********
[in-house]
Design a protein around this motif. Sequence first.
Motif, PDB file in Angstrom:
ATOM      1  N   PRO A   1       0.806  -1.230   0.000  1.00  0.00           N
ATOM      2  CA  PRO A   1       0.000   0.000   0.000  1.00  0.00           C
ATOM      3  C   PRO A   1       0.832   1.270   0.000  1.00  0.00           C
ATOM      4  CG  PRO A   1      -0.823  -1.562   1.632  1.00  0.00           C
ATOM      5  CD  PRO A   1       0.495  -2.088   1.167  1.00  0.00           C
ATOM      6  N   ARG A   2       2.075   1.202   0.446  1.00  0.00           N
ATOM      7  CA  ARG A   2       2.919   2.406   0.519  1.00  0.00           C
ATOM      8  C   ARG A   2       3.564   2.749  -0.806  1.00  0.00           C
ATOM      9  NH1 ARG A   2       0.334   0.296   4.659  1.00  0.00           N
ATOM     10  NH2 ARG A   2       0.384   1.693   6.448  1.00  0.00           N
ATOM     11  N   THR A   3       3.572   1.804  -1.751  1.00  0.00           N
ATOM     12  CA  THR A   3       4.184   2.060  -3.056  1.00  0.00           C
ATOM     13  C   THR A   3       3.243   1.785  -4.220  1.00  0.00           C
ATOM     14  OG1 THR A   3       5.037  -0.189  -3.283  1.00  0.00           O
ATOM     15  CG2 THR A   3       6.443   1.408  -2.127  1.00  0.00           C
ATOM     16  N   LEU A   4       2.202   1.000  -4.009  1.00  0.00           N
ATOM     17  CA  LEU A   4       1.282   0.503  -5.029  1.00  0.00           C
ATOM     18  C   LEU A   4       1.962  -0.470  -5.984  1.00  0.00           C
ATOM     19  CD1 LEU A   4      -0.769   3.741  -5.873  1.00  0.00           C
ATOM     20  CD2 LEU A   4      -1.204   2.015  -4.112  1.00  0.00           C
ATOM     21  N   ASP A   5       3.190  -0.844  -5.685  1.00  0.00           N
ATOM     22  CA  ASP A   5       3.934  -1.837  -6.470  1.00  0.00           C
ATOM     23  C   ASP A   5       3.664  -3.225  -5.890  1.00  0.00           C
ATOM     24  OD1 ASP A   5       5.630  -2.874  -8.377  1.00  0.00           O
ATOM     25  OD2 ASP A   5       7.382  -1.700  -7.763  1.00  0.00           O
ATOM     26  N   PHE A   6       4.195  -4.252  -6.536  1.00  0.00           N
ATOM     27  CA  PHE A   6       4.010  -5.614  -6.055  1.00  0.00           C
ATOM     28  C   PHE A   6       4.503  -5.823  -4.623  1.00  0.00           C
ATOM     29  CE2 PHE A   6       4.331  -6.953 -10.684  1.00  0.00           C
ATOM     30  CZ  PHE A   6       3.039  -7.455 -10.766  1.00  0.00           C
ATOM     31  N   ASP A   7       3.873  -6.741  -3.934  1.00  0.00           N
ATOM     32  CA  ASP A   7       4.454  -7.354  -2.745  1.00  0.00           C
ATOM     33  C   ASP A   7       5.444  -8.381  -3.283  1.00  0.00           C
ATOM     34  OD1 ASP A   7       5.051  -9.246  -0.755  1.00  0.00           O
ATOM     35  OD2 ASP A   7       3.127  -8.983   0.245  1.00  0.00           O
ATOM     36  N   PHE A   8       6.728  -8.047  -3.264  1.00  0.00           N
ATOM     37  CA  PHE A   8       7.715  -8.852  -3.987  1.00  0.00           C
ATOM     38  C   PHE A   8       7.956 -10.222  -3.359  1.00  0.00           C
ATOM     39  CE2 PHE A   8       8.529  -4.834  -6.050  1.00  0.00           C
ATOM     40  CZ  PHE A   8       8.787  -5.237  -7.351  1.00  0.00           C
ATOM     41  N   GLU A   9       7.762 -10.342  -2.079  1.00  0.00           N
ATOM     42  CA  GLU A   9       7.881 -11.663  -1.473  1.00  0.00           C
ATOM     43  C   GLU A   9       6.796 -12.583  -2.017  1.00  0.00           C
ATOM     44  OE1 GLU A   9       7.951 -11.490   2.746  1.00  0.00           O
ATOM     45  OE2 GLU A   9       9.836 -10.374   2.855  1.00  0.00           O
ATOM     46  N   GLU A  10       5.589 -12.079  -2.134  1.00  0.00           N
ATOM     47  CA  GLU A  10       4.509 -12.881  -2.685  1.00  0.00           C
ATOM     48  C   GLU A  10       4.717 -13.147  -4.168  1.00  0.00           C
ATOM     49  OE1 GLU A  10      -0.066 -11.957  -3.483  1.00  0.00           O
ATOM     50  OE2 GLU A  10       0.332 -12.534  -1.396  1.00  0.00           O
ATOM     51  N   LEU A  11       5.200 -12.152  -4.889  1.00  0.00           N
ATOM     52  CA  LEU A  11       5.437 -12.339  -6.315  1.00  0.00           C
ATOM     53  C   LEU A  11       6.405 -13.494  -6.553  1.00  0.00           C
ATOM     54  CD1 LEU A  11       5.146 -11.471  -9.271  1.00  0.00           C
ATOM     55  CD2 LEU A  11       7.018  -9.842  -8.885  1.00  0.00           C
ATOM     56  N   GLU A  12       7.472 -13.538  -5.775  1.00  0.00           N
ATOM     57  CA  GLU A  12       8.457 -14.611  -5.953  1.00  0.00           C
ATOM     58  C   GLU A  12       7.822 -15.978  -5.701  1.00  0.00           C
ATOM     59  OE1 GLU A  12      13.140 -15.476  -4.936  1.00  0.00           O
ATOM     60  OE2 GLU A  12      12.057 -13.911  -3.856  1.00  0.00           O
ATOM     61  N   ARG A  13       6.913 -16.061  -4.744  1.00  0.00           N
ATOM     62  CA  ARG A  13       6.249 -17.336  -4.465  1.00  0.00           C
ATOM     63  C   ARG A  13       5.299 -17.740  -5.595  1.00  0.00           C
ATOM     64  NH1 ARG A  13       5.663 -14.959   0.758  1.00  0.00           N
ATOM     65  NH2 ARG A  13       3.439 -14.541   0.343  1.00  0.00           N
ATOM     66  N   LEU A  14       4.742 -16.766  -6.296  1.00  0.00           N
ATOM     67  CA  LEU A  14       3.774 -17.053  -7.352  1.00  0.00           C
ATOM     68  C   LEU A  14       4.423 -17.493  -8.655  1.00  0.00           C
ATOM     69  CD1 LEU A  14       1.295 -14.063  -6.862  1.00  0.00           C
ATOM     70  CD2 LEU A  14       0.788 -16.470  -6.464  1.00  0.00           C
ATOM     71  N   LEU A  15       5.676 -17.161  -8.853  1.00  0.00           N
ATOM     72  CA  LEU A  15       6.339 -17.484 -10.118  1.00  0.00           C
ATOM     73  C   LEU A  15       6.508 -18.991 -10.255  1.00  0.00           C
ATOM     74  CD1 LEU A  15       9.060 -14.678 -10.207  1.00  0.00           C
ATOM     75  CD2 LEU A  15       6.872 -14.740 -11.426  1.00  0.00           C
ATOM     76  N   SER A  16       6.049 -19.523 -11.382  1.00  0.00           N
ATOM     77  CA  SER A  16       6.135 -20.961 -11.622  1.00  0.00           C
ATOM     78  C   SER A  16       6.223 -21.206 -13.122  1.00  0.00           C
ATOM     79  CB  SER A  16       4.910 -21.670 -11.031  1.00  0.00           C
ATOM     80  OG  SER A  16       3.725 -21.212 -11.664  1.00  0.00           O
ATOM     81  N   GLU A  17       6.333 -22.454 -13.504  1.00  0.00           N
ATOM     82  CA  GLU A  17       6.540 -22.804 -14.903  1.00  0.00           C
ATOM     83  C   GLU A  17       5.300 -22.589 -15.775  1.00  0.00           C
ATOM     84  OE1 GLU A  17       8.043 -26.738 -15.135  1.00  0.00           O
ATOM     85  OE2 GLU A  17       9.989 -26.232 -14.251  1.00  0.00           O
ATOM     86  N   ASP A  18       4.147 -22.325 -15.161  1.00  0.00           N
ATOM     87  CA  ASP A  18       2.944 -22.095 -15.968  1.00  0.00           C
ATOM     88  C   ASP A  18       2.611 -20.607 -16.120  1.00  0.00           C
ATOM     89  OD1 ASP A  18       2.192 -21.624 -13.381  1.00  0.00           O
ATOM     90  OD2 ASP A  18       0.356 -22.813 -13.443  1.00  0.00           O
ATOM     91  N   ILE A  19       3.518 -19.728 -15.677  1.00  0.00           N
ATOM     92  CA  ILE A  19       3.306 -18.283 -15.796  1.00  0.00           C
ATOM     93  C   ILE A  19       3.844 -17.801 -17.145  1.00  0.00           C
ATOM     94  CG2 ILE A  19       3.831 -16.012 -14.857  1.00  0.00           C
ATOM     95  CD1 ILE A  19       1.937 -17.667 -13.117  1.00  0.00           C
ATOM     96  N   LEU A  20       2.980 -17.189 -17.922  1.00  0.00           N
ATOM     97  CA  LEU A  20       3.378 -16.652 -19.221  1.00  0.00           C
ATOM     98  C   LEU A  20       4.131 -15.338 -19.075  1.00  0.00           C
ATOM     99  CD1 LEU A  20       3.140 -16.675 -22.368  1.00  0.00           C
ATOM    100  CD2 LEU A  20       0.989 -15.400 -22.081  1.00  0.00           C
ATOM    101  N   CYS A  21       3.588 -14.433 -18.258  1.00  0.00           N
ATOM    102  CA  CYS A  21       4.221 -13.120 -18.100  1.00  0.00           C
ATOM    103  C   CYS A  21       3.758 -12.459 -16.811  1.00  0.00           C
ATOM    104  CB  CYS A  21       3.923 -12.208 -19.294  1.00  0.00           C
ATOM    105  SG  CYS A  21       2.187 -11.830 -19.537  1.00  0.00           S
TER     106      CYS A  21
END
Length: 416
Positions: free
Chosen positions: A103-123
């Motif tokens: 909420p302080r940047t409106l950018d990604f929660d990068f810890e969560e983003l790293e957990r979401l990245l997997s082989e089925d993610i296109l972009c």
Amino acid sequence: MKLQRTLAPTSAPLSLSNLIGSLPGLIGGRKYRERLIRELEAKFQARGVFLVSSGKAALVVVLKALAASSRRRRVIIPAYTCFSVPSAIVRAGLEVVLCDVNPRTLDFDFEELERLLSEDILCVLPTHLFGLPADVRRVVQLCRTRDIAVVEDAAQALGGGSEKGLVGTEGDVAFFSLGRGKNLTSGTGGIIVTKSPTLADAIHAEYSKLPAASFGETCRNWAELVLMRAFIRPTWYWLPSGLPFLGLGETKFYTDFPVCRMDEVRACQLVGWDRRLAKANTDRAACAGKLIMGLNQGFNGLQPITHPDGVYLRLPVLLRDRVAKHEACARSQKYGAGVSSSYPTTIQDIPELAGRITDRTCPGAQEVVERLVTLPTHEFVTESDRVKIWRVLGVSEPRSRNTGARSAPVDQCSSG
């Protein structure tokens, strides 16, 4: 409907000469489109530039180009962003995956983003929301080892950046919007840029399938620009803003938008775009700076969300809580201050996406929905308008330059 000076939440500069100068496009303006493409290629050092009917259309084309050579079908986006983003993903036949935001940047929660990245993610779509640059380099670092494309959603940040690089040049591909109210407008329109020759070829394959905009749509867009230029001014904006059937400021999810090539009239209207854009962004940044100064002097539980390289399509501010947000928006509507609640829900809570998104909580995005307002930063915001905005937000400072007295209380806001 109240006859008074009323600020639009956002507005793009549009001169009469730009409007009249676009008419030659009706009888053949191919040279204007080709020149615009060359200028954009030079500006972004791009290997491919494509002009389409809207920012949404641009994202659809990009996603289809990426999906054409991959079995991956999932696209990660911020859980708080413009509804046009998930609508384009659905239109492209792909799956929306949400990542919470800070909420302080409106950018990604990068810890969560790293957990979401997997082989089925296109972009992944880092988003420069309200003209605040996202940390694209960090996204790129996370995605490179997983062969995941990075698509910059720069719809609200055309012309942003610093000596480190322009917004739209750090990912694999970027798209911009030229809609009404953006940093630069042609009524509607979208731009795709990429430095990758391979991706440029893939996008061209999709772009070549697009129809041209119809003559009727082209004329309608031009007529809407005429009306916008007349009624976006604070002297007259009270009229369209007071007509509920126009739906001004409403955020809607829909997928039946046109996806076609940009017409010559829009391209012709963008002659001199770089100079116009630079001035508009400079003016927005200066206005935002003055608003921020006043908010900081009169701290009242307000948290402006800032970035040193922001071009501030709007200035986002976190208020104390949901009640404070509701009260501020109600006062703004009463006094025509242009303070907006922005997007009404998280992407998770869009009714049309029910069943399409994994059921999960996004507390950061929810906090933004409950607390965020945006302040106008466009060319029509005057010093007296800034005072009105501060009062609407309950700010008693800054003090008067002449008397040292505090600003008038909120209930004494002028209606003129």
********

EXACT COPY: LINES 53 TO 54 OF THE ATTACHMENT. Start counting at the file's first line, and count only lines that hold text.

ATOM     50  OE2 GLU A  10       0.332 -12.534  -1.396  1.00  0.00           O
ATOM     51  N   LEU A  11       5.200 -12.152  -4.889  1.00  0.00           N